It´s just about time to go back to school, which means that there will be an increase in cars on the roads at certain times of day, the infamous “school run”, and more vulnerable road users out and about.
If you are taking children in the car, there are a few things you must remember, so the school run serves as a timely reminder.
Children under 1.35 metres in height are not allowed in the front seats and must sit in the back. The only exceptions are if there are no rear seats, such as a sports car, or if the seats are already occupied by other children.
All occupants must be secured in the vehicle, by means of a seat belt, or specially designed retention system suitable for them, that includes children. Those of a younger age must have a suitable seat which must be secured.
Another important point to remember is that all vehicle occupants must wear a seat belt. Some cars only have two seat belts at the back. In this case, only two passengers can be carried. A seat belt is required for all occupants.
All objects must also be secure in the vehicle. That not only means their school bags, lunchboxes and football kit, but also that school project they have to take in, nearer the end of term.
It is a good idea to test the seat belts in your vehicle on a regular basis. Make sure the clasp clicks securely in the holder, that it locks in place and doesn´t pull out under pressure, whilst making sure it does open when the release button is pressed. You should also check the locking mechanism on the seat belt itself by pulling sharply on the belt, simulating a pull under pressure.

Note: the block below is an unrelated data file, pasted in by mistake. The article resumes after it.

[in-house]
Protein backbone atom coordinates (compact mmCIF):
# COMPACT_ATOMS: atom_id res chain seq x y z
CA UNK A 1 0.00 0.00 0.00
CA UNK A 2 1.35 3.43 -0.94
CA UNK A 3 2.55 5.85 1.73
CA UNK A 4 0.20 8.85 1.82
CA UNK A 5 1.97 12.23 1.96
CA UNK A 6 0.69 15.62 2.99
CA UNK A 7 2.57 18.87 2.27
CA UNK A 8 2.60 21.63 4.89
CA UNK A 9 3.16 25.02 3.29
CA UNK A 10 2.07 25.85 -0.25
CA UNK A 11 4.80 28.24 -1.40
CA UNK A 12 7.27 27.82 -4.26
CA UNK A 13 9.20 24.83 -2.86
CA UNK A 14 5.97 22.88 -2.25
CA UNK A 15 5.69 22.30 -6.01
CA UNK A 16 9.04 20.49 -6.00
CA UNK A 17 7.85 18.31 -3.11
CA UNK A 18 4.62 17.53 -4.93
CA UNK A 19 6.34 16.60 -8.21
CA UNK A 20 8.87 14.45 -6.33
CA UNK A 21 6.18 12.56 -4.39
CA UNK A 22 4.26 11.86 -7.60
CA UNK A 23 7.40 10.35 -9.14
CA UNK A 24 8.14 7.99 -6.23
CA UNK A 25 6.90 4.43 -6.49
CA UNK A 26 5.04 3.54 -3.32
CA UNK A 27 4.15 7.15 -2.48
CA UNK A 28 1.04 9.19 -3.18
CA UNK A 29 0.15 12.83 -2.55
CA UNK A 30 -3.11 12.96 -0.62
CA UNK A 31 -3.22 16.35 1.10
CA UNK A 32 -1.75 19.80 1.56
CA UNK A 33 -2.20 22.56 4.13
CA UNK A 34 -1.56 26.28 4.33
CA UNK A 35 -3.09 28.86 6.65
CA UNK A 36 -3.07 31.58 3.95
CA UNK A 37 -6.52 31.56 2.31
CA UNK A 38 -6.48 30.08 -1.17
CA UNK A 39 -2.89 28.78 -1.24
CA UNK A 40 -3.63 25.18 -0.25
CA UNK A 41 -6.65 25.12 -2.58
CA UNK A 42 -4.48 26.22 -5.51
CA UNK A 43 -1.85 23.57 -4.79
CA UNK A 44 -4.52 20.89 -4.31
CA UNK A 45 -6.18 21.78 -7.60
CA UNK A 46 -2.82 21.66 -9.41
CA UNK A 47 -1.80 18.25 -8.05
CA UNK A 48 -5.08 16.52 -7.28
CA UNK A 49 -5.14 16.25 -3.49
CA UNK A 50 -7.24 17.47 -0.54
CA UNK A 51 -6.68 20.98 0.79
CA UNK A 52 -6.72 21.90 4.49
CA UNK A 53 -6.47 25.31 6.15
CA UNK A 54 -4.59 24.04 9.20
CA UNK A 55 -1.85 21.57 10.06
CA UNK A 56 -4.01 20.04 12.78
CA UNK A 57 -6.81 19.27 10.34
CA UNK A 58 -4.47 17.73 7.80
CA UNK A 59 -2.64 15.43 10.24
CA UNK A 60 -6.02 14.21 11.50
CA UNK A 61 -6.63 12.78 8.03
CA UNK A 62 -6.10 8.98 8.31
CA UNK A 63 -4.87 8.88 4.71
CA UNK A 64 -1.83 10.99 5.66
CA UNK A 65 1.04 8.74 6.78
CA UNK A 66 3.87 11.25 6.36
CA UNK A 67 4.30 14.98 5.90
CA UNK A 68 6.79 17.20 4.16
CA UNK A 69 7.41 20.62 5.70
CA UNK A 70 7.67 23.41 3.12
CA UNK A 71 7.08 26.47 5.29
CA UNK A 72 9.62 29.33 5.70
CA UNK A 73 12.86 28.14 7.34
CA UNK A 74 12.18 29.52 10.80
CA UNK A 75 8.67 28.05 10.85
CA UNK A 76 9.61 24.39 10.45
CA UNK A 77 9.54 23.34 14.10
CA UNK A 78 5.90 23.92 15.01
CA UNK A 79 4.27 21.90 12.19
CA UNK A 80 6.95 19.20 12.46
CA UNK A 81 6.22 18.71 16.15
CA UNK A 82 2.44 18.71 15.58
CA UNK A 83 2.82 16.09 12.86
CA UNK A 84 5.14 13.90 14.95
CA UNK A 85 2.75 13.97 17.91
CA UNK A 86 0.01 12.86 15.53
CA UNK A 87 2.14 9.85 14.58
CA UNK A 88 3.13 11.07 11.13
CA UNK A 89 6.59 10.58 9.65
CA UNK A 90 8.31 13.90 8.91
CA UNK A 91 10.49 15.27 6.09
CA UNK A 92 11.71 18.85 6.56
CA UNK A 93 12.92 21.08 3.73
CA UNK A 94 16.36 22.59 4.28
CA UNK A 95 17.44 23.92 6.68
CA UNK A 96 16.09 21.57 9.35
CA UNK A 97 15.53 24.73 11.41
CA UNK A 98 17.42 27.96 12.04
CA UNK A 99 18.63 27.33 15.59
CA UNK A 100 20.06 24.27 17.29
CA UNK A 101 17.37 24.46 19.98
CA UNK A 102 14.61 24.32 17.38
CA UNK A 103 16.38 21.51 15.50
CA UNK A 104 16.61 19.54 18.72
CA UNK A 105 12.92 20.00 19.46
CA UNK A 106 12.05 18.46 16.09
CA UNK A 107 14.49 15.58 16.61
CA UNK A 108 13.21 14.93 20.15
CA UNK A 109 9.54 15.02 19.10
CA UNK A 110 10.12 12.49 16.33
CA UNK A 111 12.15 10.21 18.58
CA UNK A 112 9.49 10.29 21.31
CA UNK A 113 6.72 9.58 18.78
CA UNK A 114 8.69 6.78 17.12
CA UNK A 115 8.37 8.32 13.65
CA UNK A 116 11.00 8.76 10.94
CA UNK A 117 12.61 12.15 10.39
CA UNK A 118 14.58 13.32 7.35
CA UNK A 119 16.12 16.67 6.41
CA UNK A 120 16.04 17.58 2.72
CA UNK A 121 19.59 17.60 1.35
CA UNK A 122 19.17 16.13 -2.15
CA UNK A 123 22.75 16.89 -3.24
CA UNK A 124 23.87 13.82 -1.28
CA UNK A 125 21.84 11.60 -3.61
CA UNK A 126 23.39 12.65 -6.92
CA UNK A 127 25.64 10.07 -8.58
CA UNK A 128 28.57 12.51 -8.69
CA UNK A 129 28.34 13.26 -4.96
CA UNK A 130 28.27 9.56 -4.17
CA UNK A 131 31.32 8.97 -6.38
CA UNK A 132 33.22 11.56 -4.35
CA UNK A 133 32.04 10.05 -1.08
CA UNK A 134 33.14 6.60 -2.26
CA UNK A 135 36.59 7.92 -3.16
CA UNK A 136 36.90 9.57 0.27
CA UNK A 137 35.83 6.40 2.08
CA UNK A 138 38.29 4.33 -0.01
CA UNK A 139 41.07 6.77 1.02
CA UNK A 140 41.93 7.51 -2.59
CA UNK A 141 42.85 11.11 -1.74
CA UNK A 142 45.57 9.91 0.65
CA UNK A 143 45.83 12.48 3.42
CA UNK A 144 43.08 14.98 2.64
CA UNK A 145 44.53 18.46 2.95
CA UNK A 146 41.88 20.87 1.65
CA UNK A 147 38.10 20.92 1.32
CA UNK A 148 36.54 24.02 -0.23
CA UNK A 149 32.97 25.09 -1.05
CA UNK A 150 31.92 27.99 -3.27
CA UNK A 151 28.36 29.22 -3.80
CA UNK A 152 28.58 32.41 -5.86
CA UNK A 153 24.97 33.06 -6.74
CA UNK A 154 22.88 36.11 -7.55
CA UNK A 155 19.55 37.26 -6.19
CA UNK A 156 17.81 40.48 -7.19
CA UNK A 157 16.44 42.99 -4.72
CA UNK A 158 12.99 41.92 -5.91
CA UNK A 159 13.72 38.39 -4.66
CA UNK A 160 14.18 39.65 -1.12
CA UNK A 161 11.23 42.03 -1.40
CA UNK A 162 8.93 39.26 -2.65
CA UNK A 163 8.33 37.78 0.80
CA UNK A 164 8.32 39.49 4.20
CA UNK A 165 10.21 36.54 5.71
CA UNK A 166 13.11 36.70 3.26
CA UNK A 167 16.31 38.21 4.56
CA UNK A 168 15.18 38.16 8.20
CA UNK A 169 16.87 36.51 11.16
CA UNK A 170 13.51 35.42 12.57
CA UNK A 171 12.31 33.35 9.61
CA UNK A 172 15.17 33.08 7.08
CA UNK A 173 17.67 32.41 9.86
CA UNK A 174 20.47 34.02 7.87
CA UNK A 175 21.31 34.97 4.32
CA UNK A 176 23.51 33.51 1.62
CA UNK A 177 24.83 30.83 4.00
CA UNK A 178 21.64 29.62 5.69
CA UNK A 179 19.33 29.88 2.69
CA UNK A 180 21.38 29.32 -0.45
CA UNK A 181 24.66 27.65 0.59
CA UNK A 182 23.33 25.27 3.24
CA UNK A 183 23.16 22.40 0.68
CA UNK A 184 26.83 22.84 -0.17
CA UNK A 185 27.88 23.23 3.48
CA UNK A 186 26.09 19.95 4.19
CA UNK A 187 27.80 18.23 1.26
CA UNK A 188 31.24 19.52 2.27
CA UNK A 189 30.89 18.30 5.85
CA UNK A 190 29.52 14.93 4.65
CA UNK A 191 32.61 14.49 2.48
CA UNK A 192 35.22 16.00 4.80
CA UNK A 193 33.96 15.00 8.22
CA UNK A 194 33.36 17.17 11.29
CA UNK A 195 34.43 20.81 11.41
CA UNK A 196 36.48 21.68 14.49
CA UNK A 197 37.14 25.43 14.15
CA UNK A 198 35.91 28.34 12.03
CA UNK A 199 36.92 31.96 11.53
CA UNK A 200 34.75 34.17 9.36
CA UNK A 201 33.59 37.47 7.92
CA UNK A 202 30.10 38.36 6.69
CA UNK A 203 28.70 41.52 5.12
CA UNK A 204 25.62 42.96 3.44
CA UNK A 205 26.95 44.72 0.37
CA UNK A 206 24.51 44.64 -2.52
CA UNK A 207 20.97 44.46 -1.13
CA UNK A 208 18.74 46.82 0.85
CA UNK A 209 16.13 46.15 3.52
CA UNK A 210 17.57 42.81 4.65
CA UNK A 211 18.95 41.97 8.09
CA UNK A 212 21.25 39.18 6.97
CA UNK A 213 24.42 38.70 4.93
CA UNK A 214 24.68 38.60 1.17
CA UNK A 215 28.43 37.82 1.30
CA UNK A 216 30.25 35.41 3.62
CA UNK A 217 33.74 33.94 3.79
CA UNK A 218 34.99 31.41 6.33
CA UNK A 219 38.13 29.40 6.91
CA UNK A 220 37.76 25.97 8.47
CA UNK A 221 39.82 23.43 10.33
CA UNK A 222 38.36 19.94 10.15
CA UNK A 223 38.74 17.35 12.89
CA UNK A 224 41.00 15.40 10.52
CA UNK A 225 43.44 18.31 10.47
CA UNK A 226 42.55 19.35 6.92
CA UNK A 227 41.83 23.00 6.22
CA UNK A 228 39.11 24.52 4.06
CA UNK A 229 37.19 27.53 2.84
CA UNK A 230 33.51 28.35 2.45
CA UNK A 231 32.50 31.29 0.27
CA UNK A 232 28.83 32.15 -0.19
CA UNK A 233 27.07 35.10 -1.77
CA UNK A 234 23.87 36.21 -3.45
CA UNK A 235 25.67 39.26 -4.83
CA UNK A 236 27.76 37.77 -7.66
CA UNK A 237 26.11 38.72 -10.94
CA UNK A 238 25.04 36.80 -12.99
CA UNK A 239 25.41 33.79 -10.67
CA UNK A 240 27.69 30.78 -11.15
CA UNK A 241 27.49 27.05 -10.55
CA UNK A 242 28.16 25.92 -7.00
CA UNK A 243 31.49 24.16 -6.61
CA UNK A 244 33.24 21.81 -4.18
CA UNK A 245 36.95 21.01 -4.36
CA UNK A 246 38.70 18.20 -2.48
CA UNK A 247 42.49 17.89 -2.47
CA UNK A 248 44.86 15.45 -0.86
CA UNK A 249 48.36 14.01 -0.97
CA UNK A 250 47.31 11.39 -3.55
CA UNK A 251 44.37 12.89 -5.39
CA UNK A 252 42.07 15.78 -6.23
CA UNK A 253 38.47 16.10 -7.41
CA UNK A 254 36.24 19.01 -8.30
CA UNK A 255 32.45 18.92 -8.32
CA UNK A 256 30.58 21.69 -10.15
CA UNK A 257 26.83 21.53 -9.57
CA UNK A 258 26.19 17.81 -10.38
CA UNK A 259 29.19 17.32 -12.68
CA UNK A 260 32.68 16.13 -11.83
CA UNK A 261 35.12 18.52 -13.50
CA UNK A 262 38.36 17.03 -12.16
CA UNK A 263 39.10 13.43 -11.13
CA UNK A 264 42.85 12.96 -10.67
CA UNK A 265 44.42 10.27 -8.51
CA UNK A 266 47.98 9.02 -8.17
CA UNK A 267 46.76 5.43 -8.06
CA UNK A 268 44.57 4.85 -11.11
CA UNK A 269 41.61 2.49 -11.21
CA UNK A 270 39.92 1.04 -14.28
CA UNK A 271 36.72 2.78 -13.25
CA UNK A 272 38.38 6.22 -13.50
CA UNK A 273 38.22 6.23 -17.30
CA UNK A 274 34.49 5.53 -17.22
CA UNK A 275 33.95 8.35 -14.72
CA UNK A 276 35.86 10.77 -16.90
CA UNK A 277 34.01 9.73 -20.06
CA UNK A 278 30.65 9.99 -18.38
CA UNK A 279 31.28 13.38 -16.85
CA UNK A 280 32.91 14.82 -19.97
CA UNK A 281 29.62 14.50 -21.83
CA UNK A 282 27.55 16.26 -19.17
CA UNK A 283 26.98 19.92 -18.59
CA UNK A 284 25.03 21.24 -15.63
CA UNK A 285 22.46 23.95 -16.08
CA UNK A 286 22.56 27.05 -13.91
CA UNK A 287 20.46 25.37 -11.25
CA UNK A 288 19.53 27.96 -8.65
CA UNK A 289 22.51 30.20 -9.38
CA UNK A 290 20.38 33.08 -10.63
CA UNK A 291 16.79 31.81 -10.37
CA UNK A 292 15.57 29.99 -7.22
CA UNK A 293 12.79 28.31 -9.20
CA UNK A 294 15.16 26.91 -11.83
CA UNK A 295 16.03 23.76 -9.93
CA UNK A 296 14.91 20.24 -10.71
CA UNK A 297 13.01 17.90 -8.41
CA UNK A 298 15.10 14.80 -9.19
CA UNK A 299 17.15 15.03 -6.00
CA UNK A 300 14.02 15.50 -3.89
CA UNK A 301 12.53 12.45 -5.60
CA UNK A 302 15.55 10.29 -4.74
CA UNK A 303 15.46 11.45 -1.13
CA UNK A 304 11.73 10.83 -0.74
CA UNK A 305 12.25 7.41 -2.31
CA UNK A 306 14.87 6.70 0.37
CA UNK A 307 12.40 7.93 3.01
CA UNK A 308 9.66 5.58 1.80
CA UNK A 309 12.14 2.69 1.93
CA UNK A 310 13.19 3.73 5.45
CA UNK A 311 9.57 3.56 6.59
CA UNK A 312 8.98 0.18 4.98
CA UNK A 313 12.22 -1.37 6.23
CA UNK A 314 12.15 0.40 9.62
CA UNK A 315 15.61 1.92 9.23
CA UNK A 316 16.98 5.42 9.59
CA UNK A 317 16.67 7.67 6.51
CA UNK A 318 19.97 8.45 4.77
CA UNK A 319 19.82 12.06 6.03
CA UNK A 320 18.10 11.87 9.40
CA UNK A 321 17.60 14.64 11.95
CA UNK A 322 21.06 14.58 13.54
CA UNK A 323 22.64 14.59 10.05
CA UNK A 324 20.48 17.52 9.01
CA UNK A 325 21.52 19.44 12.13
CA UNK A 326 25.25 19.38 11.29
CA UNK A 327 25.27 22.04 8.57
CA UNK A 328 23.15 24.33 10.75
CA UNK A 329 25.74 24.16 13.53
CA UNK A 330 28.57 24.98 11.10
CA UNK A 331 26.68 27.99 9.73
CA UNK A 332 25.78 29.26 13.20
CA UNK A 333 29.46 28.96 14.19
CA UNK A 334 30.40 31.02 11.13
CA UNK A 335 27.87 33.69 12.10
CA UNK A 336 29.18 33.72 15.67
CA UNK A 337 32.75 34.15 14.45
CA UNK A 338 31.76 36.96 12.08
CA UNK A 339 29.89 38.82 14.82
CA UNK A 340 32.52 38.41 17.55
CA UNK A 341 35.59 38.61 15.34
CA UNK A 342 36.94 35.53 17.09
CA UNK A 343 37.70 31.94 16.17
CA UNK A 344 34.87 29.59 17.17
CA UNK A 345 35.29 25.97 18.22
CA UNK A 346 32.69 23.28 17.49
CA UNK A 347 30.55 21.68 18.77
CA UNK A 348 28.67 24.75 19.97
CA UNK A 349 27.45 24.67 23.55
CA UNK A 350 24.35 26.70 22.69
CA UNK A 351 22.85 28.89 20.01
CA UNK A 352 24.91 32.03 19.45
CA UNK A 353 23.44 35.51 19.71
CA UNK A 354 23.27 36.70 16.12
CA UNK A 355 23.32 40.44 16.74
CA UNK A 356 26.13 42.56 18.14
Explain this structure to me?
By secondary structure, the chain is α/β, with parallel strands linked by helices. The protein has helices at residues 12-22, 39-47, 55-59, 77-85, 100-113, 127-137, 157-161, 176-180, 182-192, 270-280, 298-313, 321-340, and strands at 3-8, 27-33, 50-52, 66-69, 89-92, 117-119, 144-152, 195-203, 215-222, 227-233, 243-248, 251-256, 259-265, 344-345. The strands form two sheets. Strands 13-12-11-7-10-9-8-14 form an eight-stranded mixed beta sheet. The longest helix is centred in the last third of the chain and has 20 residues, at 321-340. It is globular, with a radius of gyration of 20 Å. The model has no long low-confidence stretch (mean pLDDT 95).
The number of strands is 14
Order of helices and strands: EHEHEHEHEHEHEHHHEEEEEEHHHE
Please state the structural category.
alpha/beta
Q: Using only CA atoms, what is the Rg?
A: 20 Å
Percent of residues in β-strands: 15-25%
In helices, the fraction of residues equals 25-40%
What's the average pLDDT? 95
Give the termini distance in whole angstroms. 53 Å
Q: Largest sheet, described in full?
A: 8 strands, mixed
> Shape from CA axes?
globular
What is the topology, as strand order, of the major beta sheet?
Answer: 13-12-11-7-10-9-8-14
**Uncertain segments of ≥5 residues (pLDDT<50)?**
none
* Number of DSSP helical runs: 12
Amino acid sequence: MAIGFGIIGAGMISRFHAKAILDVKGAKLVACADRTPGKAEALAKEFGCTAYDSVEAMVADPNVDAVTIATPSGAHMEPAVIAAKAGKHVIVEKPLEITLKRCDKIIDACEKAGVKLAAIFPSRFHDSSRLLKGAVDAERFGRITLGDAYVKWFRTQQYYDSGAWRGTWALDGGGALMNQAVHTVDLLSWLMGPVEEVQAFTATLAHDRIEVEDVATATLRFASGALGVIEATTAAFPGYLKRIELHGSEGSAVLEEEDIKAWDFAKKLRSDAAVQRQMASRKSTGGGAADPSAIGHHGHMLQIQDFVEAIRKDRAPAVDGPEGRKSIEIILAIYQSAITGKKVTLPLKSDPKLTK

These checks are all carried out during the ITV inspection but as failures can occur at any time, it is important that you check them regularly yourself.
When you arrive at the school drop off point, remember that the laws still apply and you´re not allowed to double-park, block entrances, or park in an illegal place with your hazard lights on just because you are dropping off your children for school. Doing this creates an additional hazard and puts the children at risk.
You must choose a safe, convenient and legal place to drop off your children. Where possible, ensure that they exit the vehicle on the pavement side, still warning them to be aware of their surroundings before opening the door. They may hit a pedestrian, item of street furniture, or another object, so they should be taught to be aware and alert before opening the door. If they have to leave on the road side, vigilance is even more important, they must check it is totally safe before opening the door, and must move to the pavement as soon as possible.
Remember, when you are about to pull away, pay extra attention to your surroundings too, including rigorous checks of your blind spots, as there could be children or other road users appearing from anywhere.